BBC win case to film detainee Babar Ahmad

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High Court overturns filming ban by Justice Secretary

THE BBC will be given the chance to film Britain’s longest held-without-charge prisoner after a High Court ruling reversed a ban imposed by the Justice Secretary.

Babar Ahmad has been in prison since August 2004 on terror-related charges. He has never been charged or faced trial in this country and denies any wrongdoing.

The 38-year-old is fighting extradition to the US, which accuses him of fundraising for Chechen and Afghan insurgents on the internet.

In November 2011, over 140,000 signed an official government e-petition in support of his case, which led to two Parliamentary debates on the issue.

The BBC had requested an interview with Mr Ahmad but it was denied by Justice Secretary Ken Clarke.

But the High Court overturned the decision because of the exceptional nature of Mr Ahmad’s case.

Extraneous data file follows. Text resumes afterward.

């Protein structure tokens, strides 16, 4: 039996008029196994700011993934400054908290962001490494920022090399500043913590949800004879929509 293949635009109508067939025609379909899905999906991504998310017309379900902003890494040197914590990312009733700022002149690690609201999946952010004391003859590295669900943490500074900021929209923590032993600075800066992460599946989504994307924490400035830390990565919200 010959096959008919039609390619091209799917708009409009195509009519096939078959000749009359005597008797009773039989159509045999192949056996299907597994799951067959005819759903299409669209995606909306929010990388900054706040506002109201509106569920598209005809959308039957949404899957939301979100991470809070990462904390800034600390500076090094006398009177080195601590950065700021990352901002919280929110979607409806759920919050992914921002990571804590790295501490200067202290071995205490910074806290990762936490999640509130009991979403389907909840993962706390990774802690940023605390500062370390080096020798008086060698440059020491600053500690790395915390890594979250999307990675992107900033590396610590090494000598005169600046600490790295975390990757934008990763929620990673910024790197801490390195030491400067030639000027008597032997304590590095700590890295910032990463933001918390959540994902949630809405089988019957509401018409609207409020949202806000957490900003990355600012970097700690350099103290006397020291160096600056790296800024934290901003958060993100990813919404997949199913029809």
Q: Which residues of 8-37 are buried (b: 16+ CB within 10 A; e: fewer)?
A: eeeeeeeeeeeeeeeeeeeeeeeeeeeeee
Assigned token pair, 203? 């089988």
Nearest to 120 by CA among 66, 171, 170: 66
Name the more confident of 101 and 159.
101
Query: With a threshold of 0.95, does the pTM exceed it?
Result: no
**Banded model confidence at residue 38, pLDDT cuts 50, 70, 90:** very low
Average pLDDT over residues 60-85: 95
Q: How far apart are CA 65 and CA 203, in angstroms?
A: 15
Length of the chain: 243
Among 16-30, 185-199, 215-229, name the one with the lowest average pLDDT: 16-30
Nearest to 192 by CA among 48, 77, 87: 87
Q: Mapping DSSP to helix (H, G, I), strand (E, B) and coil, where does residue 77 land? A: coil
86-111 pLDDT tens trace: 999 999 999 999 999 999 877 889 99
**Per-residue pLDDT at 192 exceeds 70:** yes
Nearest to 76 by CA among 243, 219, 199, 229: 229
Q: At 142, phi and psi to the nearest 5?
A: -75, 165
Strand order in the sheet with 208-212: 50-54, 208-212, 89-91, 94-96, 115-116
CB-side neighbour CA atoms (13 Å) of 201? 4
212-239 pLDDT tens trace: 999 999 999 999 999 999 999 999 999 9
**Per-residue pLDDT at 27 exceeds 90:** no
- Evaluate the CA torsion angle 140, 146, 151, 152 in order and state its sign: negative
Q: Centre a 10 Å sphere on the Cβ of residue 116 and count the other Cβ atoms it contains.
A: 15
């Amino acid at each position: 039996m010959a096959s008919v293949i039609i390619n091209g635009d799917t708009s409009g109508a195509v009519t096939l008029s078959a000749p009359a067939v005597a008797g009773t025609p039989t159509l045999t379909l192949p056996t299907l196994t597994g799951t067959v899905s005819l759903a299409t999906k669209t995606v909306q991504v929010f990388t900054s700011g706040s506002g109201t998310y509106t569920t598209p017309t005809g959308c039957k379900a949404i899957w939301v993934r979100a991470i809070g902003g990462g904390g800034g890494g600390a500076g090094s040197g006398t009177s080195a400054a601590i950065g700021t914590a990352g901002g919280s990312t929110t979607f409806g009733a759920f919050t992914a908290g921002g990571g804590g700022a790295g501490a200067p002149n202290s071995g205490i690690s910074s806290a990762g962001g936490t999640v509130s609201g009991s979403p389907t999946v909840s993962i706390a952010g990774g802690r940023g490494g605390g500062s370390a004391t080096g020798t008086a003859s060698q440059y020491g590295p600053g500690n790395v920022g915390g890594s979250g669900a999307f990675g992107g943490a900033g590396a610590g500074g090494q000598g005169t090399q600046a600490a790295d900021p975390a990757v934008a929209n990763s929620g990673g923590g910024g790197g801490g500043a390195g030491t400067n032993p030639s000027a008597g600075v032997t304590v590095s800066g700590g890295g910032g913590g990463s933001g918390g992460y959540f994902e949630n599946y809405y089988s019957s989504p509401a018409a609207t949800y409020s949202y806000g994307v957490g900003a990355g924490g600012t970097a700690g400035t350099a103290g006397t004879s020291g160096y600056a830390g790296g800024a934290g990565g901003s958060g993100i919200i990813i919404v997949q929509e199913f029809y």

Mr Justice Singh said the decision to refuse permission to film Mr Ahmad was wrong and an interview had to be allowed.

Ashfaq Ahmad, father of Babar Ahmad, who has campaigned for his son’s release welcomed the ruling.

“My son, Babar Ahmad, has been held in prison without charge for over seven years. I am pleased that the High Court has ruled that there is exceptional public interest in Babar’s case and said that the BBC should be allowed to film him in prison,” he said.

“Other people facing extradition to the US, such as the NatWest three and Gary McKinnon, have been allowed full access to the media to tell the public the truth about their ordeals and our flawed extradition laws. I urge Mr Clarke to listen to the public and not to appeal this decision. After all, what has the Government to fear from what Babar has to say?”

Simon Creighton of Bhatt Murphy solicitors, who represented Mr Ahmad as an interested party in the proceedings added: “My client is delighted that the court has recognised the right of freedom of speech also encompasses the right of the general public to be properly informed.

“Mr Ahmad has not been charged with any crime in this country but has spent the best part of a decade in prison. There is simply no justification for preventing the BBC from speaking to him about his experiences.”

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